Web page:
Frequent consumption of sports and energy drinks among athletes is of concern due to its detrimental impact on oral health. The present study aimed to assess sports and energy drink consumption, oral health status and impacts on daily activities and sports performance among elite athletes from Pakistan. Data regarding socio-demographic characteristics, sports and energy drink consumption, oral health and hygiene practices, self-reported oral health and psychosocial and performance impact was assessed using a self-administered, structured questionnaire followed by clinical oral examination by a single, experienced dentist. A total of 104 athletes, a majority of whom were male (80.8%), participated in the study. Around two third of the participants reported consumption of sports and energy drinks, energy gels or bars at least once a week, the commonest being Sting. Despite good oral hygiene practices, the athletes generally had poor oral health with high prevalence of dental caries (63.5%), gingivitis (46.1%), irreversible periodontitis (26.9%) and erosive tooth wear (21.2%). More than a quarter (28.8%) of the athletes rated their oral health as fair-very poor. Four in five athletes (80%) also experienced at least one oral problem with negative impacts on daily activities (64.4%) and participation training and sports performance (36.5%). Regression analyses revealed a significant association between periodontal disease and impact on both daily activities and sports performance. To our knowledge, this is the first study reporting that high-prevalence sports and energy drink consumption and oral problems among elite athletes from Pakistan has a negative impact on daily activities and sports performance. These findings may have important implications for oral health education programs, and the need to create awareness among the athletes regarding the use of sports and energy drinks, as well as regular oral health screening of athletes to minimize the impact on performance.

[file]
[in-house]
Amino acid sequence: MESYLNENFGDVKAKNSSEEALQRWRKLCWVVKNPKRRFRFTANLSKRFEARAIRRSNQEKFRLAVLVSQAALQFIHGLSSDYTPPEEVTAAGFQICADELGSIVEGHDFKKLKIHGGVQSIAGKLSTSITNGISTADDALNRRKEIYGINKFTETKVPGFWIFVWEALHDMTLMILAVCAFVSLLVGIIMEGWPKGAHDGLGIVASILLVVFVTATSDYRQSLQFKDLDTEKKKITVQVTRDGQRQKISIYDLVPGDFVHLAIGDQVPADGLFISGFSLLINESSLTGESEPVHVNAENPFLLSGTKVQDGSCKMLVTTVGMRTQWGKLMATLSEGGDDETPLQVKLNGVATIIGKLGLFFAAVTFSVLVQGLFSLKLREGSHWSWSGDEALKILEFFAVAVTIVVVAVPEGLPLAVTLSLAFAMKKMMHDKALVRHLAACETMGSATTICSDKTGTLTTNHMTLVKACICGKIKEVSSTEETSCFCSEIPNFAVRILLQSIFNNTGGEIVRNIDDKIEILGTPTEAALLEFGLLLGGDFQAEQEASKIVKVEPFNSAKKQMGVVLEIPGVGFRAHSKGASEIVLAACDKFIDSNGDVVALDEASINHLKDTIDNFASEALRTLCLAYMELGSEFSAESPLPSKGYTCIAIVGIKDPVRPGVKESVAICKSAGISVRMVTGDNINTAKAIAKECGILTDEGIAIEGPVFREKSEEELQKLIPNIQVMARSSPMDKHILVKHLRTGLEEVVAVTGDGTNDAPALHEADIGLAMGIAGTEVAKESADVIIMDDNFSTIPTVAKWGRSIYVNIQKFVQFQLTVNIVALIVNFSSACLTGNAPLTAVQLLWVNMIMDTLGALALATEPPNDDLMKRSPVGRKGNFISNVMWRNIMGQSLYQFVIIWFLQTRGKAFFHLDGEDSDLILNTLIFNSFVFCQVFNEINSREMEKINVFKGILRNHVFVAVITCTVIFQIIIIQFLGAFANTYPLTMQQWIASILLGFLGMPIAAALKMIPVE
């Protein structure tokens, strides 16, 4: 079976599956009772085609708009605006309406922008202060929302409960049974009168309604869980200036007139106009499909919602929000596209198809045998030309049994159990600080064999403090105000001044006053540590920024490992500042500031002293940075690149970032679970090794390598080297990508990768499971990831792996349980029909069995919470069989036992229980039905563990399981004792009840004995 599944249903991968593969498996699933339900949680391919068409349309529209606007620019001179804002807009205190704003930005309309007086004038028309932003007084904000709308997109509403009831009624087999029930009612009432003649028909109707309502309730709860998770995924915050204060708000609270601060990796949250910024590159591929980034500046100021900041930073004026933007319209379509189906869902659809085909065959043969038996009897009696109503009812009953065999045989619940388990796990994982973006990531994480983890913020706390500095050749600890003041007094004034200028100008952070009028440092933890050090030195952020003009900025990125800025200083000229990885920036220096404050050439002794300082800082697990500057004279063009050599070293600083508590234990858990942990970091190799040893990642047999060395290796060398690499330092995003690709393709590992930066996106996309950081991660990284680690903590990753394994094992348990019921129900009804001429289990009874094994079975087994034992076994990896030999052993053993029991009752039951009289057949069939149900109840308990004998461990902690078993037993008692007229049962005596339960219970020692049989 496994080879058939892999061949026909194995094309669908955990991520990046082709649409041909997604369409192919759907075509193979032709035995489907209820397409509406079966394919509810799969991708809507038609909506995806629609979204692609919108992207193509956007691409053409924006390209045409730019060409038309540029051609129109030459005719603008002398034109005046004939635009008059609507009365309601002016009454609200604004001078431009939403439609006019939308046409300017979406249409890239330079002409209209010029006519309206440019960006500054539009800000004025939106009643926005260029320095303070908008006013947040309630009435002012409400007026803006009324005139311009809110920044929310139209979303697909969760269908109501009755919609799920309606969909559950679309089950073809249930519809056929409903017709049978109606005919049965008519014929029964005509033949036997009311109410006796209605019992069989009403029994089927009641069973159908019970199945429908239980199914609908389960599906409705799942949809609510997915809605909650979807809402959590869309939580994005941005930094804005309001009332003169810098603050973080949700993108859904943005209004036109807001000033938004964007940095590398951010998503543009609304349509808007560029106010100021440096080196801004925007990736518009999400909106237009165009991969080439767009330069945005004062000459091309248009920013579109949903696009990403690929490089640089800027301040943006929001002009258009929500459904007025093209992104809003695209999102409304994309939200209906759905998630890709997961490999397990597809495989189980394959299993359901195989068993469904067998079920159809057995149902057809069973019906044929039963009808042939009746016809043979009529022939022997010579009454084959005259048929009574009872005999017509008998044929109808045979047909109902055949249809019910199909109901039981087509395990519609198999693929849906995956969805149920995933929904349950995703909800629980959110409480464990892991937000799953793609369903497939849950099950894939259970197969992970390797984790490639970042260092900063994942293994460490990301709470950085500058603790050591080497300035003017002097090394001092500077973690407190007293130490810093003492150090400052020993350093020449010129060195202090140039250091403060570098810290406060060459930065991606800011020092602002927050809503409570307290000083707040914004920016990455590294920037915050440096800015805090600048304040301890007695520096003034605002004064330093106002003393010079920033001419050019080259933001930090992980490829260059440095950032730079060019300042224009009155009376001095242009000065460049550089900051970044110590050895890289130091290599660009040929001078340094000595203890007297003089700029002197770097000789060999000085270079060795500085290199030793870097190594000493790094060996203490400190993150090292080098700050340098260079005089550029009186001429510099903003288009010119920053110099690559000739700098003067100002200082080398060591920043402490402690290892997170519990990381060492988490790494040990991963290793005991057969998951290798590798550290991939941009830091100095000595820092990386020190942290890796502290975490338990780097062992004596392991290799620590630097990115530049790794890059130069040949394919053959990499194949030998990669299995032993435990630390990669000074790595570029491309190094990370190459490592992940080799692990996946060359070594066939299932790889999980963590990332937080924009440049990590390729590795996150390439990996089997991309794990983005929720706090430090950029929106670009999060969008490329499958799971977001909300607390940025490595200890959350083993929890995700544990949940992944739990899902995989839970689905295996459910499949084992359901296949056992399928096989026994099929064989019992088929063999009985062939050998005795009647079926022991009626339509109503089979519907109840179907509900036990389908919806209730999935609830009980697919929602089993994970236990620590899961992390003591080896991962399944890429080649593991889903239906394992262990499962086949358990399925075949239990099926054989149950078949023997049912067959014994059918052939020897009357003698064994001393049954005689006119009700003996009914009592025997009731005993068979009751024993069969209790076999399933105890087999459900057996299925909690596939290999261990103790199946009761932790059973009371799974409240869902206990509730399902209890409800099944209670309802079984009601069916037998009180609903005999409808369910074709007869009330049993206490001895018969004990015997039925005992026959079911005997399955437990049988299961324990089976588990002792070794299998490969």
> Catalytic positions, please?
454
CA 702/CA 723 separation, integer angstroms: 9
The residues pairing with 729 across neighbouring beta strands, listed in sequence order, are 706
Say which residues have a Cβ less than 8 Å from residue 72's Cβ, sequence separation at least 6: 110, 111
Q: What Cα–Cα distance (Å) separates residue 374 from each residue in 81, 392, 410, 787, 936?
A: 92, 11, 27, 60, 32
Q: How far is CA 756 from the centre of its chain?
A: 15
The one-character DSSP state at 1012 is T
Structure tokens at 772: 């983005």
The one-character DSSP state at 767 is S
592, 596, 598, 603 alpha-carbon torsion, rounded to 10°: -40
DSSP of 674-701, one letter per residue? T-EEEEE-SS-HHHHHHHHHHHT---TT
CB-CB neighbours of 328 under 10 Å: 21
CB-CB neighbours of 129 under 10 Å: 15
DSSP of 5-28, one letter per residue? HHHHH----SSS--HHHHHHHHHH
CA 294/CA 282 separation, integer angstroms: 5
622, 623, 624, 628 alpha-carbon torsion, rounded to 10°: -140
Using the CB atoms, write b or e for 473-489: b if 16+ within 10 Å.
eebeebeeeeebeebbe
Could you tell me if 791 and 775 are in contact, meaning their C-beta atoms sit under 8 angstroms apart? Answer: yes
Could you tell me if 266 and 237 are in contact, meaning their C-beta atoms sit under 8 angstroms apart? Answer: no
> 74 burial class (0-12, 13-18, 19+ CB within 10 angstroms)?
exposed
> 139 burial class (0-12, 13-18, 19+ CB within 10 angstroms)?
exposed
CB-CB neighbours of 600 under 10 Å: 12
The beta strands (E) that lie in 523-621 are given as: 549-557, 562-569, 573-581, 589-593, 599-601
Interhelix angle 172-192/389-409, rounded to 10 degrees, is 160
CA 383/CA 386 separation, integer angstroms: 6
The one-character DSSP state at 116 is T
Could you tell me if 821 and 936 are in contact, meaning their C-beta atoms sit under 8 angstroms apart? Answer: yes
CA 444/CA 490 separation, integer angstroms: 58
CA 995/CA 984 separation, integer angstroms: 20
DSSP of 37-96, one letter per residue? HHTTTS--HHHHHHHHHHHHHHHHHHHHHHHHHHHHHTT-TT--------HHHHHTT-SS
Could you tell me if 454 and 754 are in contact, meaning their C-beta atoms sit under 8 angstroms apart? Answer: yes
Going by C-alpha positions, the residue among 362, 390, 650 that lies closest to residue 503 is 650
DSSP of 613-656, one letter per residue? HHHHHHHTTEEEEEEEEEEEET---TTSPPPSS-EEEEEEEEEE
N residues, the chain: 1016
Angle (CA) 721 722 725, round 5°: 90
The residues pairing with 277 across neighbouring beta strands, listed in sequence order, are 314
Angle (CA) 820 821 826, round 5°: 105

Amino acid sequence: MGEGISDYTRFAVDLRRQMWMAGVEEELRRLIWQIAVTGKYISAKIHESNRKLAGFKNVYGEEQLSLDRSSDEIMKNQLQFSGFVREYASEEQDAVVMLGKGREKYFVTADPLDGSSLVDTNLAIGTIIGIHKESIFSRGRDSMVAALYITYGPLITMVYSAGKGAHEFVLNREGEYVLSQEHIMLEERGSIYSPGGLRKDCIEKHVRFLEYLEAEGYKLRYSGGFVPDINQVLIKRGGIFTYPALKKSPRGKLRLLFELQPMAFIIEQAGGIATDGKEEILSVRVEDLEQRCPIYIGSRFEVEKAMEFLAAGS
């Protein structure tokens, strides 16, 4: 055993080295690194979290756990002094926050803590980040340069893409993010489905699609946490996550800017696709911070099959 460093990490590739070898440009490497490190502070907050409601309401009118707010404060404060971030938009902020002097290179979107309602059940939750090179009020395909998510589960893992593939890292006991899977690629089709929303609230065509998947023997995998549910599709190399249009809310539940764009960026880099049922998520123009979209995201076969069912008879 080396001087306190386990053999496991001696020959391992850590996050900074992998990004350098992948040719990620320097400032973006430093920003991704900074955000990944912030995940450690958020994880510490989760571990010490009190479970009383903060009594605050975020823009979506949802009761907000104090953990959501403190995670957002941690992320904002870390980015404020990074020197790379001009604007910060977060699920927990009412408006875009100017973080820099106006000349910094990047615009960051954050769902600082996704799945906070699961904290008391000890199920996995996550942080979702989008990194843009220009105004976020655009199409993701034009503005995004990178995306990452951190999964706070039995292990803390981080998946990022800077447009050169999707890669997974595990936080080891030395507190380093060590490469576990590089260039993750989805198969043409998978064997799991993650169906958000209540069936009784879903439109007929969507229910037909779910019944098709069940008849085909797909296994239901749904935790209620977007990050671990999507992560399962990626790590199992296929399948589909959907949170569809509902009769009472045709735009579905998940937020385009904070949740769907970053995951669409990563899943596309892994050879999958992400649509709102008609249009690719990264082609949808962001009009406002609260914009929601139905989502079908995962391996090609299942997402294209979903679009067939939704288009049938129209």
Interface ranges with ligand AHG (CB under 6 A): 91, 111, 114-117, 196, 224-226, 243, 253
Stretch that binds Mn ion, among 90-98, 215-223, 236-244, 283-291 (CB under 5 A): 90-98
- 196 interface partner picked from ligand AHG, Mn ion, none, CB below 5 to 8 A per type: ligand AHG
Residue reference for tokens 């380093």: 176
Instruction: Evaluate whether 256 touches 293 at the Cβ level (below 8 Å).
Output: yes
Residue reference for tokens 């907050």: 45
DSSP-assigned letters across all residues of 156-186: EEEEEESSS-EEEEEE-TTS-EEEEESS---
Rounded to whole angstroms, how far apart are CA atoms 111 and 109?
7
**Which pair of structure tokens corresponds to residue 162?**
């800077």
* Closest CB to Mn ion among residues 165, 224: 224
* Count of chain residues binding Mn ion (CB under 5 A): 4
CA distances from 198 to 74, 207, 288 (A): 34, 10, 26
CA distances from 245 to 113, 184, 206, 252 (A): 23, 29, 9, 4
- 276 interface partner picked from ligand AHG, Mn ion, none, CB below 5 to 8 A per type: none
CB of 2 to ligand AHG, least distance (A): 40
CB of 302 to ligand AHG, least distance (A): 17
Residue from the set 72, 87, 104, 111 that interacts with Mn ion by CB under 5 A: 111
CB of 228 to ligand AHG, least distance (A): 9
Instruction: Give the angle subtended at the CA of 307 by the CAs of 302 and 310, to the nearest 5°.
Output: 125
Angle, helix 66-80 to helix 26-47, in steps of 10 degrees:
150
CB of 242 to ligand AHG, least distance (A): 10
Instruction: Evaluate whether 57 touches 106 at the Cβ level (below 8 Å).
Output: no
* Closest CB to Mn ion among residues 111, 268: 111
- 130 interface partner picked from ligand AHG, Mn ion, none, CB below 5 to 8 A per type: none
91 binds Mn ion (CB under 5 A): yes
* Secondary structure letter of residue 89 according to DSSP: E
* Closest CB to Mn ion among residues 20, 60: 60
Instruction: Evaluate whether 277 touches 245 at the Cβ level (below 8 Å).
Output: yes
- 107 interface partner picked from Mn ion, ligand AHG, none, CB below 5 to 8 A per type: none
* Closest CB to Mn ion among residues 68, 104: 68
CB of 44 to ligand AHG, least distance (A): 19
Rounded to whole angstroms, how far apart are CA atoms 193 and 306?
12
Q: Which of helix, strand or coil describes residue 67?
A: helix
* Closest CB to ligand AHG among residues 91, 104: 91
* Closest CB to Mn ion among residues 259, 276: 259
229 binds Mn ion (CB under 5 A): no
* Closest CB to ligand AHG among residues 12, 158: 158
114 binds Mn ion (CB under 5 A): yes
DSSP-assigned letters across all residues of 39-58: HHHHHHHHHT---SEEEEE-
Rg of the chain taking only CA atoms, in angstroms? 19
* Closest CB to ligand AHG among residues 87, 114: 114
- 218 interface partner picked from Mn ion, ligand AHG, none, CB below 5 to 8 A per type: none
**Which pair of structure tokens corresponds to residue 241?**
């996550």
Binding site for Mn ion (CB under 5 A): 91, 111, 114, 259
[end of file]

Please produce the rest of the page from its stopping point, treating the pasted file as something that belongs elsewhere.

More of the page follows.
Keywords: athletes; caries; gut microbiota; periodontitis; self-reported oral health; sports.